Coach and college on ‘Cheer’ sued for allegedly covering up sexual assault

Coach and college on ‘Cheer’ sued for allegedly covering up sexual assault

Coach and college featured on Netflix’s Cheer sued for allegedly trying to cover up sexual assault

Navarro College, cheerleading head coach Monica Aldama, and other employees have been accused of trying to suppress a student’s account of being assaulted in the fall of 2021.

Sydney Bucksbaum

Cheer Season 2

The cheerleading program featured on Netflix’s Cheer is embroiled in legal action once again.

Navarro College, home to the cheerleaders who starred in the streamer’s popular docuseries, has been accused of trying to cover up the sexual assault of a student in the fall of 2021, according to a federal lawsuit filed Wednesday in Dallas. A complaint reviewed by EW names Navarro, cheerleading head coach Monica Aldama, director of athletics Michael Landers, Title IX coordinator Elizabeth Pillans, and the accused assailant as defendants.

The plaintiff, a student from North Texas, claims she was sexually assaulted by another member of the cheer squad during her first semester at Navarro in September 2021. She says her roommate invited several male cheerleaders into their room at about 4 a.m. after a party while she was asleep in bed. The student alleges that one of the male cheerleaders got into her bed and began to sexually assault her, and that she tried to call for help and eventually was able to push him away.

Monica Aldama on ‘Cheer’

Monica Aldama on ‘Cheer’

| Credit: Netflix

When the student tried to report the assault, Aldama (who appeared on both seasons of Cheer), other cheerleaders, campus police, and the college’s Title IX coordinator all allegedly discouraged her from doing so. According to the suit, another squad member told her to “drink it off and get your mind off of it” the next day at a party because “that’s what Navarro girls do — they drink. We don’t tell anyone. We just keep it to our self.” The student also alleges that her boyfriend was banned from campus and threatened at gunpoint to not report the assault. Aldama allegedly interrupted the student when she tried to tell her about the assault, saying, “Let’s not make this a big deal. I want the best for you and I will help you cheer wherever you want… If you keep quiet, I’ll make sure you can cheer anywhere you want.”

In a statement provided to EW on Thursday, Navarro denied “any allegations of wrongdoing” and said it is “prepared to vigorously defend itself in court.”

“The safety and welfare of students is always of utmost priority,” the school added. “Navarro College prohibits sexual harassment and sexual misconduct against all students and is deeply committed to providing an educational environment free from sex discrimination and sexual assault. The College has established robust policies and procedures for reporting, investigating, and responding to all allegations of sexual harassment and sexual assault. Navarro College takes every report of sexual harassment and sexual assault seriously and acts swiftly to provide an appropriate response to protect all students.”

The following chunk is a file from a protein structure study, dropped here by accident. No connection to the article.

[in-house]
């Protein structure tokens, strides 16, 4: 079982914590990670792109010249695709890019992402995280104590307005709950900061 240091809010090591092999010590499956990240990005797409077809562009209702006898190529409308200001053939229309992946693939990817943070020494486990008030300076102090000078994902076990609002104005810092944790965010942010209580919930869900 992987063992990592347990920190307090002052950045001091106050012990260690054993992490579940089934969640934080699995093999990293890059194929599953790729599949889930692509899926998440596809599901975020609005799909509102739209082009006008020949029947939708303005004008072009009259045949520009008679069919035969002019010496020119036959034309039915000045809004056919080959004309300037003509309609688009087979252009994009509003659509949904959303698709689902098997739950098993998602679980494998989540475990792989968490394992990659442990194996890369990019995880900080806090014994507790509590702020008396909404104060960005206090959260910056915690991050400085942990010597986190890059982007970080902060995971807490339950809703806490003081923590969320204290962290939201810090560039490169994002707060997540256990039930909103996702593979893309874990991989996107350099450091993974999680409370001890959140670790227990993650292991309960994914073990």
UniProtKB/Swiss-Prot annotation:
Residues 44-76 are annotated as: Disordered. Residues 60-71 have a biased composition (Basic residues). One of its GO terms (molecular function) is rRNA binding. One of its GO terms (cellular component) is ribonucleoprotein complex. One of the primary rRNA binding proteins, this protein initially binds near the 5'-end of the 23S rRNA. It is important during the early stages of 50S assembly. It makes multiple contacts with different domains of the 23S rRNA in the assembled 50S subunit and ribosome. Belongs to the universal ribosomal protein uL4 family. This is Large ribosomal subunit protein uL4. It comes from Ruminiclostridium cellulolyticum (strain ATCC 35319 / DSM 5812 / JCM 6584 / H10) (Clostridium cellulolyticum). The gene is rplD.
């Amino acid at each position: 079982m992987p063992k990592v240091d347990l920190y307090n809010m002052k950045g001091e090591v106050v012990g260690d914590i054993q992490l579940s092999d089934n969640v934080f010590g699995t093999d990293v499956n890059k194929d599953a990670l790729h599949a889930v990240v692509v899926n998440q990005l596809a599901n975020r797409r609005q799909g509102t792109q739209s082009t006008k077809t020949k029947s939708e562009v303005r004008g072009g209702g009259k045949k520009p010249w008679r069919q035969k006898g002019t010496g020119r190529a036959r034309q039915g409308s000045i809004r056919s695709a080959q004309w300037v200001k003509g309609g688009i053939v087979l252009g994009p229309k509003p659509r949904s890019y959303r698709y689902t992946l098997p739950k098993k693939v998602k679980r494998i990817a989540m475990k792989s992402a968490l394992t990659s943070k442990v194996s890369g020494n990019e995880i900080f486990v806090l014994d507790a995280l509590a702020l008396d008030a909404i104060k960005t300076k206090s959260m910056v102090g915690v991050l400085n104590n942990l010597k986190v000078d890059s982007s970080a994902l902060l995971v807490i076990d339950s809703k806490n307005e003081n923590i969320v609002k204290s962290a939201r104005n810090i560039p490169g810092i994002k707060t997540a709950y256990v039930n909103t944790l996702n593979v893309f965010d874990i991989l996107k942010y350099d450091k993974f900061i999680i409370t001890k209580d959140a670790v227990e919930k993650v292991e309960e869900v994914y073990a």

The statement concluded, “Navarro College does not have further comment because this case is now in active litigation.”

In a separate statement to EW, Aldama said she is “heartbroken by the false allegations made against me.”

She added, “As the Navarro Cheer coach, the health and safety of the students I coach is my main concern. I have worked year after year to make sure Navarro Cheer is a safe space for all cheerleaders. We do not condone or cover-up reports of sexual harassment and assault. As an athletics coach and Navarro College employee, I take all Title IX matters very seriously, especially reports of sexual misconduct. I am a rules follower. I always follow all appropriate procedures regarding reporting and responding to any allegations of misconduct in the Navarro Cheer program. I make sure to report, and encourage others to report, any allegations of harassment, discrimination, or assault to appropriate authorities and officials. I would never remain silent, or ask any student to remain silent, if I were aware that any sexual misconduct occurred in the Cheer program. Because there is a pending lawsuit against me, I have no further comment at this time.”

Representatives for Netflix didn’t immediately respond to EW’s request for comment.

This isn’t the first time Navarro’s cheerleading program has been involved in legal troubles. Last year, former squad member and Cheer star Jerry Harris was sentenced to 12 years in federal prison after pleading guilty to child pornography and sex crime charges.

[This article has been updated with a statement from Aldama.]

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